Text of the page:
'Affluenza': Long Islander Kevin Asch's teenage 'Great Gatsby'

A lonely adolescent holds flashy parties in his

A lonely adolescent holds flashy parties in his mansion to impress an unobtainable girl in Kevin Asch's latest film, "Affluenza." It's a teen version of "The Great Gatsby," the oft-adapted F. Scott Fitzgerald novel, but this may be the first version that is both set and filmed in the Long Island towns that inspired the book. (Credit: FilmBuff / Johnny Quinones)

A lonely adolescent holds flashy parties in his mansion to impress an unobtainable girl in Kevin Asch's latest film, "Affluenza." It's a teen version of "The Great Gatsby," the oft-adapted F. Scott Fitzgerald novel, but this may be the first version that is both set and filmed in the Long Island towns that inspired the book.

Fitzgerald's novel divided the North Shore into the fictional East and West Egg neighborhoods, but you won't see them in "Affluenza." Instead, you'll see teenagers driving down Middle Neck Road, yachting near Kings Point Park and partying at the Chelsea Estate in Muttontown while the 2008 financial crash looms ahead. It's all familiar territory for Asch, who has wanted to make "Affluenza" since he first read "The Great Gatsby" as a student at Great Neck North High School.

" 'The Great Gatsby' was written about the same place that I was living in. I knew where Fitzgerald lived, because you know when you're growing up there," Asch says. "It didn't feel like a book that was written so far away. It felt like it was happening right here, right now."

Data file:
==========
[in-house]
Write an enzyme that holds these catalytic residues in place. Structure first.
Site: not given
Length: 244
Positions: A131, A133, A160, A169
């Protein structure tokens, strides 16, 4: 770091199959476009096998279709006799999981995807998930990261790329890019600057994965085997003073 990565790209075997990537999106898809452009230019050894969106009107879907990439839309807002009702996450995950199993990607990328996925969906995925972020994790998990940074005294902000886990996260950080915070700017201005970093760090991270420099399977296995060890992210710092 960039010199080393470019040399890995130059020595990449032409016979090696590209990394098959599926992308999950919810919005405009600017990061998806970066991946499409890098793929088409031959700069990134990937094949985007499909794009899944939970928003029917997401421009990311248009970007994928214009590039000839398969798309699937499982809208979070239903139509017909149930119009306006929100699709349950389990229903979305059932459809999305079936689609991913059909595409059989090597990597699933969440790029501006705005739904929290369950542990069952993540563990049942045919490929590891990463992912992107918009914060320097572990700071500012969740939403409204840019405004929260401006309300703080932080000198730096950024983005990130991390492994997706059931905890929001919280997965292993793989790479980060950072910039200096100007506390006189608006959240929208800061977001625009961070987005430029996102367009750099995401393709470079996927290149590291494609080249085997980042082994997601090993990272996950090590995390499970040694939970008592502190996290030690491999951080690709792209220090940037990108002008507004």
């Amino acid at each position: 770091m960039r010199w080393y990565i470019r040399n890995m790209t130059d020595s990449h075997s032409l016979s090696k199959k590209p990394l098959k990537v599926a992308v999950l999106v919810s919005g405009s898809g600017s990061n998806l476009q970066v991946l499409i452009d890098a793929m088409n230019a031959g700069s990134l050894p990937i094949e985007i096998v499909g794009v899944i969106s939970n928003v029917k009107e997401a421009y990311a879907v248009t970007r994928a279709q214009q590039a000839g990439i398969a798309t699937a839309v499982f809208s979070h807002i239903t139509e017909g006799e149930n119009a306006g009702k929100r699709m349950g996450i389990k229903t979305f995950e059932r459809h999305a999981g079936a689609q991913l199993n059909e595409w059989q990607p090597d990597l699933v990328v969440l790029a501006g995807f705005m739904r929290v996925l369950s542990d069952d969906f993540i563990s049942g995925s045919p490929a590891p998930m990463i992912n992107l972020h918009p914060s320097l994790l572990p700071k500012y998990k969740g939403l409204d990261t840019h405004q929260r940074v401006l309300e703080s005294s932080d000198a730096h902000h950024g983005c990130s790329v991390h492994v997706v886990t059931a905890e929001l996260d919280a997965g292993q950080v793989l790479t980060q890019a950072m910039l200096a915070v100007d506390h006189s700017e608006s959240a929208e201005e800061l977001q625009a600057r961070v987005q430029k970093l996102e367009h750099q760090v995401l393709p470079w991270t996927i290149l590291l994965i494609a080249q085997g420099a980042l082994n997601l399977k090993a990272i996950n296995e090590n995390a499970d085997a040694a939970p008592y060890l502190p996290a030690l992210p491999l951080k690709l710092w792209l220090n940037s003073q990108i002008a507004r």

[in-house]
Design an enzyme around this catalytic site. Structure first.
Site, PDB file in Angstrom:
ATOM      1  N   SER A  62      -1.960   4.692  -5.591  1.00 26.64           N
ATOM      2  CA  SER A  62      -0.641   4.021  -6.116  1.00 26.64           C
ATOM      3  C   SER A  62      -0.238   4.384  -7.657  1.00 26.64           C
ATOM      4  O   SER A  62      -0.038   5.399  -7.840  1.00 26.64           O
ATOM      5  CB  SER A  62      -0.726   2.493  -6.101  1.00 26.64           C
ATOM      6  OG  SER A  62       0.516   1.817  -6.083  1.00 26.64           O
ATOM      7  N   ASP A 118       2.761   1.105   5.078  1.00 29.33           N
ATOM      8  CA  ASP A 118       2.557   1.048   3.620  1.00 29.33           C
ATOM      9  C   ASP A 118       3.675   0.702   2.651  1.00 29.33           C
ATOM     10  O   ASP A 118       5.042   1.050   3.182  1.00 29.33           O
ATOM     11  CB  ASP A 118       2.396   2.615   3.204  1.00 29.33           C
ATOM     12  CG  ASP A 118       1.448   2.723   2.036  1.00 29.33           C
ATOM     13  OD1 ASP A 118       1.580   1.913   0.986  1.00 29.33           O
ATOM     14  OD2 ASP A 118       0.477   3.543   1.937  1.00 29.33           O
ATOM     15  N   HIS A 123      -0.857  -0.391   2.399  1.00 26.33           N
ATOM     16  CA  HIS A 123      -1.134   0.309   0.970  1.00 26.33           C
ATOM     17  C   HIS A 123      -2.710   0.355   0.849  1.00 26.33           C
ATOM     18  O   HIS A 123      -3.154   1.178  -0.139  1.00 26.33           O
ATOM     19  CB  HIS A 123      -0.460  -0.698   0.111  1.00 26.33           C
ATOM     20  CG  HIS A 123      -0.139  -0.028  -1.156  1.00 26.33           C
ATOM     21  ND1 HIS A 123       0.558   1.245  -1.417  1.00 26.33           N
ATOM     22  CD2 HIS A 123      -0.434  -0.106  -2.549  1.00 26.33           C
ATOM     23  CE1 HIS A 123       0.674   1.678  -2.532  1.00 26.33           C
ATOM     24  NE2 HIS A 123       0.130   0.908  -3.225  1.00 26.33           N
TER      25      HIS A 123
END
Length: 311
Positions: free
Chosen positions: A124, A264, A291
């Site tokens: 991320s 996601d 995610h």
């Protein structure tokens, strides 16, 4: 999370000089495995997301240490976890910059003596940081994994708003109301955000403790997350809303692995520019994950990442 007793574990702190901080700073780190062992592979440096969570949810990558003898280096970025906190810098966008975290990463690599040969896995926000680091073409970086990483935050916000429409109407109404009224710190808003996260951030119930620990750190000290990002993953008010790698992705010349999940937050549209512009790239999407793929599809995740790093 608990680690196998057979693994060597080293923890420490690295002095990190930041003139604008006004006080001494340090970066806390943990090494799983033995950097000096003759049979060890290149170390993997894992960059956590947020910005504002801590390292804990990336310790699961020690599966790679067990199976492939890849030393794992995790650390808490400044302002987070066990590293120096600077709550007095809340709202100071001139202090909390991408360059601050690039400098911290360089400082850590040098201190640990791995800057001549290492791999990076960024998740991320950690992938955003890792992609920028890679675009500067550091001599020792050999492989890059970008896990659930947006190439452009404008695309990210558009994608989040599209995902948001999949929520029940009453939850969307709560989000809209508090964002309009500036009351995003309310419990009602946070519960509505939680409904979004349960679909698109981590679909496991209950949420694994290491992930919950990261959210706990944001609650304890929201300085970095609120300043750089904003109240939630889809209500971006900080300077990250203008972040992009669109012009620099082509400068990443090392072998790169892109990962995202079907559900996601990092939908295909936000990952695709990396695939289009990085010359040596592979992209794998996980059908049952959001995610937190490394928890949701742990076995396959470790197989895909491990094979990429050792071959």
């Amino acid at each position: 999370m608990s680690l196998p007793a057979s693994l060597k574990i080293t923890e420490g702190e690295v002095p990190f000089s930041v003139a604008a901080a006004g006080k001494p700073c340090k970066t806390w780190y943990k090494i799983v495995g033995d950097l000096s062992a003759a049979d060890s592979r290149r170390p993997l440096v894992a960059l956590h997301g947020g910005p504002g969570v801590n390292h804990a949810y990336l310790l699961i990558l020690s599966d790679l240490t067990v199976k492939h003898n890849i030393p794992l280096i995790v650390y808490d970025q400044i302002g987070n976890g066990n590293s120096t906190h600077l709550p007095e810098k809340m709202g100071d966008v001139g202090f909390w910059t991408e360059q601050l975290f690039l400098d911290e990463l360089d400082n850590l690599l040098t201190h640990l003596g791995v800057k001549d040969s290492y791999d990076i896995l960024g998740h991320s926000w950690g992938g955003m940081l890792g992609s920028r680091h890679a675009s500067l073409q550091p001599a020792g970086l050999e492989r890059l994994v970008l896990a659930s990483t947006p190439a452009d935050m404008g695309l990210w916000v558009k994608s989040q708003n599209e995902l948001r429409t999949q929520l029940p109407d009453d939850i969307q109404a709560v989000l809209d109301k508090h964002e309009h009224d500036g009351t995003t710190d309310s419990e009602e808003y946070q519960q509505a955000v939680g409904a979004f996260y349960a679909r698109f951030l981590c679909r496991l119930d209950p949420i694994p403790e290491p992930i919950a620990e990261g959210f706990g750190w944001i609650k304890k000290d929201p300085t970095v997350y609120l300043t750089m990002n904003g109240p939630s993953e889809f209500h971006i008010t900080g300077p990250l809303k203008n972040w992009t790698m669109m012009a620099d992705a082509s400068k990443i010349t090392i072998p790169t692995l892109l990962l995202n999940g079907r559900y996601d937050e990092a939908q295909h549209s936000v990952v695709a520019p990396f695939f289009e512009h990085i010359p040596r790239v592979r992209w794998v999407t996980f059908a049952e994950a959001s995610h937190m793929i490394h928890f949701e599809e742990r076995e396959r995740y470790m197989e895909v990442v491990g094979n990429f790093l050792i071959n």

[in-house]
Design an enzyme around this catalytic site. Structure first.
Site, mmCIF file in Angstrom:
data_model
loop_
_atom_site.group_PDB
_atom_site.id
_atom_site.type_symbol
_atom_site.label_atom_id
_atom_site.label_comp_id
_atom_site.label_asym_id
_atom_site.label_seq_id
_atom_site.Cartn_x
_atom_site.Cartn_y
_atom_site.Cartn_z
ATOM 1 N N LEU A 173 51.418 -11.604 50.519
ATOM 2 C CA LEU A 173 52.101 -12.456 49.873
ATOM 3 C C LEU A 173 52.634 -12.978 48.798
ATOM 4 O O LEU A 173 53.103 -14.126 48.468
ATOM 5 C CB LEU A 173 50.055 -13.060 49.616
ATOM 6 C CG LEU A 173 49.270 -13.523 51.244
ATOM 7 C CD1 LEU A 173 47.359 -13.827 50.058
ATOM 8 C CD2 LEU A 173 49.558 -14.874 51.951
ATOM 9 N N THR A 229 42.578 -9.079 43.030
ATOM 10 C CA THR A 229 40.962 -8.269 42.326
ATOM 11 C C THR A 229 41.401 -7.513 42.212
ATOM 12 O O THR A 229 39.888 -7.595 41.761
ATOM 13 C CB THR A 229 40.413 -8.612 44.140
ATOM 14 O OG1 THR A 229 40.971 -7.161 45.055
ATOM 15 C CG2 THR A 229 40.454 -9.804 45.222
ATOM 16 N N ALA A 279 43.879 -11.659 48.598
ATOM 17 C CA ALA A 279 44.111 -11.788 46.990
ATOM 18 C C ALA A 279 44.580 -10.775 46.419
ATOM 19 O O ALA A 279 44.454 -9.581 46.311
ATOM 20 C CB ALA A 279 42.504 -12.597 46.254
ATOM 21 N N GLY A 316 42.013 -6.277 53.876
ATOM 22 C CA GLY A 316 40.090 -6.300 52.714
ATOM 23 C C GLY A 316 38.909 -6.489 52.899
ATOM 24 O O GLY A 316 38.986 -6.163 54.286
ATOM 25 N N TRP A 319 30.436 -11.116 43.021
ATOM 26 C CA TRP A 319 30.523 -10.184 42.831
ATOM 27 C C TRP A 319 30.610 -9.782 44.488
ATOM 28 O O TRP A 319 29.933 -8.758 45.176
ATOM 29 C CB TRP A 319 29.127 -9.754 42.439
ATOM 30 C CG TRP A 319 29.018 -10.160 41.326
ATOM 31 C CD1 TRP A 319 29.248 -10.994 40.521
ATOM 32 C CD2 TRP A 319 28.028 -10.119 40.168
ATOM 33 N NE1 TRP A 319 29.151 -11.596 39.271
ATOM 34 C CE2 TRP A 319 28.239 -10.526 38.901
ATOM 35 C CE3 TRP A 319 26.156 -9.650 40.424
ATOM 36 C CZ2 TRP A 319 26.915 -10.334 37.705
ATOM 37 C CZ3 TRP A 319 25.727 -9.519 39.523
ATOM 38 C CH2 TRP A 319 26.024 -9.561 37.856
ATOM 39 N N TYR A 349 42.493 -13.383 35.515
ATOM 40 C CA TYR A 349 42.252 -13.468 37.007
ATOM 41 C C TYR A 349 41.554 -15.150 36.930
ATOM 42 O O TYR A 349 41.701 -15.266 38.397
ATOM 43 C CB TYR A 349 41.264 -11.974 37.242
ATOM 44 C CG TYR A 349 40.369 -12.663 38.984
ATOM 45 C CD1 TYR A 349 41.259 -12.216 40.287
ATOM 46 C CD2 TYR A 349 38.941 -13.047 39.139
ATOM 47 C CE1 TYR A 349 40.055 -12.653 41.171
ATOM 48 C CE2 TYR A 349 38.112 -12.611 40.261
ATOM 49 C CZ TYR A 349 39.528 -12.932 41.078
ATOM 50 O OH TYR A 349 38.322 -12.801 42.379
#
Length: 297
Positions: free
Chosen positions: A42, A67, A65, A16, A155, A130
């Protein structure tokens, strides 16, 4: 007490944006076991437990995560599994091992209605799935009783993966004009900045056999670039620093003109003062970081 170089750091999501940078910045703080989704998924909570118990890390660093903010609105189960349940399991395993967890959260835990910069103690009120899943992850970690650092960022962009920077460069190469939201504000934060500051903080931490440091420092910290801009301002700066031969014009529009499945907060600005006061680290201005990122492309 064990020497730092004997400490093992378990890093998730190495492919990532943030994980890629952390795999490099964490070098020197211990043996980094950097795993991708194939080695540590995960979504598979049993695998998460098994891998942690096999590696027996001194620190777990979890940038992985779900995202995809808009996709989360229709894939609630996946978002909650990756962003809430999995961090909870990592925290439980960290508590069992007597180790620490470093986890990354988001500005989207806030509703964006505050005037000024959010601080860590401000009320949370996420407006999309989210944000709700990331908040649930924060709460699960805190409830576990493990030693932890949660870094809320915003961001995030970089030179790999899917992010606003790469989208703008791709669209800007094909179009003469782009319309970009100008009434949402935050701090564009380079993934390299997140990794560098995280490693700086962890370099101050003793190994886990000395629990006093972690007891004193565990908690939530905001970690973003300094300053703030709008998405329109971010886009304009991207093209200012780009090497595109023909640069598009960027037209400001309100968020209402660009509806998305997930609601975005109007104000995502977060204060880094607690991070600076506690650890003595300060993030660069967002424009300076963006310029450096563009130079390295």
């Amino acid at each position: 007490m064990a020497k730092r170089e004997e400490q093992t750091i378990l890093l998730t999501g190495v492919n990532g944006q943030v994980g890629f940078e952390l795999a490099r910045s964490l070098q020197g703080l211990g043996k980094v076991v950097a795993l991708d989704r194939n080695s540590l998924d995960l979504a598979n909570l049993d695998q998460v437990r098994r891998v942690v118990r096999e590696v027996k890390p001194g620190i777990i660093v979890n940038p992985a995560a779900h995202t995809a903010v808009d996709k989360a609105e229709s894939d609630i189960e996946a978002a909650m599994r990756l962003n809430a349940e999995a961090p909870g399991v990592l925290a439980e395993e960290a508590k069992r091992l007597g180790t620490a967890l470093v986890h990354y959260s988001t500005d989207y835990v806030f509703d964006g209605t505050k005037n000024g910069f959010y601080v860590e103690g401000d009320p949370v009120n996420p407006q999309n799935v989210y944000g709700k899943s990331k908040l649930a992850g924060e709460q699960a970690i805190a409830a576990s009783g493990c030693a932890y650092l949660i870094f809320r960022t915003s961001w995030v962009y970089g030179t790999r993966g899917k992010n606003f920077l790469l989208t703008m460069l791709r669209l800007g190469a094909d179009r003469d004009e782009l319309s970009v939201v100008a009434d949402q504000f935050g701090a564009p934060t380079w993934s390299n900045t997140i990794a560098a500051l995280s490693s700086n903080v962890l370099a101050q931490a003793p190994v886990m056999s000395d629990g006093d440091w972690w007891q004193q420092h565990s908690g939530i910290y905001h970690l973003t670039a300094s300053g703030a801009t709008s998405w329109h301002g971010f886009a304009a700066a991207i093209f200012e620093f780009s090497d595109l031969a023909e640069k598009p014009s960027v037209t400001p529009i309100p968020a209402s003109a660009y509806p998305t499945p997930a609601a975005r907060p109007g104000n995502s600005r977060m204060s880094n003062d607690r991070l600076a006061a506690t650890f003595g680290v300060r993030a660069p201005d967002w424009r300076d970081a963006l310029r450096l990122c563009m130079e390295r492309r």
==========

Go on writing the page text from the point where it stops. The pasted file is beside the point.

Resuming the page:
Fast work on a small budget

"Affluenza," which both opens at Manhattan's Cinema Village and premieres via video-on-demand today, is the second feature by Asch, 38, a director who is beginning to distinguish himself in two ways. One is his ability to work fast on a small budget: "Affluenza" was shot in 18 days during August 2012 for less than $1 million. Another is his eye for talent: For his 2010 debut film, "Holy Rollers," Asch cast Jesse Eisenberg, whose career-making turn in "The Social Network" wouldn't be seen until later that year. For "Affluenza," Asch nabbed Nicola Peltz (now starring in the blockbuster "Transformers: Age of Extinction"), Ben Rosenfield (before he became Willie Thompson on HBO's "Boardwalk Empire") and Gregg Sulkin (now of MTV's new series "Faking It").

"This was the second thing I got cast in," says Rosenfield, 21, who was performing in the 2011 Off-Broadway play "Through a Glass Darkly" (starring Carey Mulligan) when he auditioned for Asch. "It just immediately felt like the right fit," Rosenfield says. "I like 'The Great Gatsby' as a piece of literature, but I think it's hard to adapt to the screen perfectly. And I liked the fact that this film wasn't being too religious about the text."

"Affluenza," conceived by Asch and written by his longtime collaborator, Antonio Macia, focuses on a college kid, Fisher Miller (Rosenfield), who stumbles into a love triangle between his cousin Kate (Peltz), the respectable Todd Goodman (Grant Gustin, of Fox's "Glee") and the mysterious Dylan Carson (Sulkin). The grown-up cast includes Massapequa native Steve Guttenberg, Samantha Mathis and British character-actor Roger Rees (CBS' "Elementary").


Feeling like an outsider

In this version of "Gatsby," the main characters are not WASPs but, like Asch, Jewish. Asch describes his own family as part of a very wealthy world -- his late grandfather founded the placement firm Robert Half International, today an S&P 500 company with yearly revenue in the billions -- but Asch also grew up feeling like an outsider, an artistic kid surrounded by money-obsessed grade-schoolers. ("They're all in finance," he says of his now-grown peers. "All.") After the crash of 2008, many of their castles crumbled, just as they do in "Affluenza."

"It was important for me to have the environment reflect the story," Asch says of his decision to shoot at real locations, from the Great Neck railroad station to Falaise (the mansion of Newsday founder Alicia Patterson and her husband, Harry Guggenheim) in Sands Point. "This should feel like a life of leisure, a life that's vast and lush and warm," he says. "I didn't want it to feel like a set. I wanted it to feel like something that's here, and that's going to be gone."

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